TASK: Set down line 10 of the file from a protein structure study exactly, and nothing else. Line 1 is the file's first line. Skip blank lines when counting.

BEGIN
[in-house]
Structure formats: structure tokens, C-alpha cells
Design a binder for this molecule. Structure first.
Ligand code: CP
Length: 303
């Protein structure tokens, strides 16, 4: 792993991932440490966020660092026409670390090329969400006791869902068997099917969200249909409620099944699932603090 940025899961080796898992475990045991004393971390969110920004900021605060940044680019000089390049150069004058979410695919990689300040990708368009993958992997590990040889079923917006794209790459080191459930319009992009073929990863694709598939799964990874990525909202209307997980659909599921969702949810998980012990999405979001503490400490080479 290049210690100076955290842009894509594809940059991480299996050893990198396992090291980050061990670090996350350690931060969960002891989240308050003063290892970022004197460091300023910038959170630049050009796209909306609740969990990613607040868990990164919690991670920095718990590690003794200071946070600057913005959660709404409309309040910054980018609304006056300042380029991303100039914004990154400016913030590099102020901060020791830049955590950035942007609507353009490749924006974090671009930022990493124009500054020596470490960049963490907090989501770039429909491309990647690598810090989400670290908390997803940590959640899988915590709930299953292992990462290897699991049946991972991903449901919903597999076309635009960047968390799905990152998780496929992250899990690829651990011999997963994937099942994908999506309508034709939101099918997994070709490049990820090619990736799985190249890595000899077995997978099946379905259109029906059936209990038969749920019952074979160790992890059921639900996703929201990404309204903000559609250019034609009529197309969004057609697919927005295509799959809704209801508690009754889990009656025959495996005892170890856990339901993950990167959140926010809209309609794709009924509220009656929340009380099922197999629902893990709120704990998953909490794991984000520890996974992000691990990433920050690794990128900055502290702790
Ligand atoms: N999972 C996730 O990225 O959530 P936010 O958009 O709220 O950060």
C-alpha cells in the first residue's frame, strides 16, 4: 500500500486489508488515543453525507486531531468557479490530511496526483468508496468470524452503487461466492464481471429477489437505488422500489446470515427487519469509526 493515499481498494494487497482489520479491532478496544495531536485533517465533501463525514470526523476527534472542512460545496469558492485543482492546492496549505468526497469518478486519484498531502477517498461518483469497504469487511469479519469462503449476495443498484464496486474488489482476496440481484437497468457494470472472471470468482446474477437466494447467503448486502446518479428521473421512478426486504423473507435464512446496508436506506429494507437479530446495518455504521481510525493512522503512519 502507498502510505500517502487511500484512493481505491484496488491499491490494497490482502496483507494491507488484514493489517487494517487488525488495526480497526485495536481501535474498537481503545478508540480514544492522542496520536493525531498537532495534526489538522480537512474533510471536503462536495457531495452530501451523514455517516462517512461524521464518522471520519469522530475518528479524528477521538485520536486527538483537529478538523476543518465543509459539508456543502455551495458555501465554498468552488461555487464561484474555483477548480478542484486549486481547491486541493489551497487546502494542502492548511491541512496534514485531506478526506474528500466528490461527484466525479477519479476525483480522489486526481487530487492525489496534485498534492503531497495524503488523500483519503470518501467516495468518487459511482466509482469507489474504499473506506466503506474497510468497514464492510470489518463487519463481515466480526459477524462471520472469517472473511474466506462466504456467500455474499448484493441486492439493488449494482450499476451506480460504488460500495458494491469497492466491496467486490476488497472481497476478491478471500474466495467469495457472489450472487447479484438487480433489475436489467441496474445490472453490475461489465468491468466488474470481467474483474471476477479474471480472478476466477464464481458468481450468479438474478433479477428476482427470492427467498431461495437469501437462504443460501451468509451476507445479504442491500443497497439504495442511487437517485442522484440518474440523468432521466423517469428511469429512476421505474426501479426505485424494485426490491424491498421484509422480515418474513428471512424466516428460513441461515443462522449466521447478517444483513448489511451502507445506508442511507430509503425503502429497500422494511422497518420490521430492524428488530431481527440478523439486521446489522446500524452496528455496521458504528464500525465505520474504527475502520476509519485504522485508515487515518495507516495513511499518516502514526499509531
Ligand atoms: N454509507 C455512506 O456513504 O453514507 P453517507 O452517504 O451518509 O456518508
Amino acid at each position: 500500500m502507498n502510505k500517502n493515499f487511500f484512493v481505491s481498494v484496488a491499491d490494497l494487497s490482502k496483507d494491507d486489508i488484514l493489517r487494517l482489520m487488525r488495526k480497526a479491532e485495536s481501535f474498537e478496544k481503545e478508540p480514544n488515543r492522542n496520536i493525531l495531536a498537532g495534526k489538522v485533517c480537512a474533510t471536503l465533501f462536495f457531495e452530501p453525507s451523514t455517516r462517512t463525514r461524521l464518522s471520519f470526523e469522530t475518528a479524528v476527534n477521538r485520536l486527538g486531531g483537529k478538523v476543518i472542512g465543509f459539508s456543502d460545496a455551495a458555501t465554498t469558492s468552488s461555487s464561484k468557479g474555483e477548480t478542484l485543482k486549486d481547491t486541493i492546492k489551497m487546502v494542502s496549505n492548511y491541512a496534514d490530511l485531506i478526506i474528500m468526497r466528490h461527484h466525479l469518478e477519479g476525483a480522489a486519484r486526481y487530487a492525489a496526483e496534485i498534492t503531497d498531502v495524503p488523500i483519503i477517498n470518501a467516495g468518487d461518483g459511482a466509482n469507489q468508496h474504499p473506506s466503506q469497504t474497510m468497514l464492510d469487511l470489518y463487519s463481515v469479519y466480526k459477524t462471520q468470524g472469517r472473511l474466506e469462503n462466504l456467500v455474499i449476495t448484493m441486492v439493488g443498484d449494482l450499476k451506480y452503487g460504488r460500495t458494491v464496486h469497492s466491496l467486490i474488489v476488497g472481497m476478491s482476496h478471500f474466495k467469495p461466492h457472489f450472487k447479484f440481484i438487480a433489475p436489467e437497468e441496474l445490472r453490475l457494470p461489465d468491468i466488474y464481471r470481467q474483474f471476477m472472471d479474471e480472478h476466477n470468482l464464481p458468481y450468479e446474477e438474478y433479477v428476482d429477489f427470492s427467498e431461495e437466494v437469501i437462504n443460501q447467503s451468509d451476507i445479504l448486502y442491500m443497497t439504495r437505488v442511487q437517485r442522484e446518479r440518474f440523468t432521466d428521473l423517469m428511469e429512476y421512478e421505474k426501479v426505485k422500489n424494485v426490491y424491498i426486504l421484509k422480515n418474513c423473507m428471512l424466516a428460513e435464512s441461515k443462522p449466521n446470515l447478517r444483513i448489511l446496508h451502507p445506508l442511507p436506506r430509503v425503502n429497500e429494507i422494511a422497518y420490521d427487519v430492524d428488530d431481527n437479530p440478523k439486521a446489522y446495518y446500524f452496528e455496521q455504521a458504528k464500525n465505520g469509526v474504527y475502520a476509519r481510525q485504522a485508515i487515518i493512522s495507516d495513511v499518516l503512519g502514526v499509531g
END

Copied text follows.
Amino acid at each position: 500500500m502507498n502510505k500517502n493515499f487511500f484512493v481505491s481498494v484496488a491499491d490494497l494487497s490482502k496483507d494491507d486489508i488484514l493489517r487494517l482489520m487488525r488495526k480497526a479491532e485495536s481501535f474498537e478496544k481503545e478508540p480514544n488515543r492522542n496520536i493525531l495531536a498537532g495534526k489538522v485533517c480537512a474533510t471536503l465533501f462536495f457531495e452530501p453525507s451523514t455517516r462517512t463525514r461524521l464518522s471520519f470526523e469522530t475518528a479524528v476527534n477521538r485520536l486527538g486531531g483537529k478538523v476543518i472542512g465543509f459539508s456543502d460545496a455551495a458555501t465554498t469558492s468552488s461555487s464561484k468557479g474555483e477548480t478542484l485543482k486549486d481547491t486541493i492546492k489551497m487546502v494542502s496549505n492548511y491541512a496534514d490530511l485531506i478526506i474528500m468526497r466528490h461527484h466525479l469518478e477519479g476525483a480522489a486519484r486526481y487530487a492525489a496526483e496534485i498534492t503531497d498531502v495524503p488523500i483519503i477517498n470518501a467516495g468518487d461518483g459511482a466509482n469507489q468508496h474504499p473506506s466503506q469497504t474497510m468497514l464492510d469487511l470489518y463487519s463481515v469479519y466480526k459477524t462471520q468470524g472469517r472473511l474466506e469462503n462466504l456467500v455474499i449476495t448484493m441486492v439493488g443498484d449494482l450499476k451506480y452503487g460504488r460500495t458494491v464496486h469497492s466491496l467486490i474488489v476488497g472481497m476478491s482476496h478471500f474466495k467469495p461466492h457472489f450472487k447479484f440481484i438487480a433489475p436489467e437497468e441496474l445490472r453490475l457494470p461489465d468491468i466488474y464481471r470481467q474483474f471476477m472472471d479474471e480472478h476466477n470468482l464464481p458468481y450468479e446474477e438474478y433479477v428476482d429477489f427470492s427467498e431461495e437466494v437469501i437462504n443460501q447467503s451468509d451476507i445479504l448486502y442491500m443497497t439504495r437505488v442511487q437517485r442522484e446518479r440518474f440523468t432521466d428521473l423517469m428511469e429512476y421512478e421505474k426501479v426505485k422500489n424494485v426490491y424491498i426486504l421484509k422480515n418474513c423473507m428471512l424466516a428460513e435464512s441461515k443462522p449466521n446470515l447478517r444483513i448489511l446496508h451502507p445506508l442511507p436506506r430509503v425503502n429497500e429494507i422494511a422497518y420490521d427487519v430492524d428488530d431481527n437479530p440478523k439486521a446489522y446495518y446500524f452496528e455496521q455504521a458504528k464500525n465505520g469509526v474504527y475502520a476509519r481510525q485504522a485508515i487515518i493512522s495507516d495513511v499518516l503512519g502514526v499509531g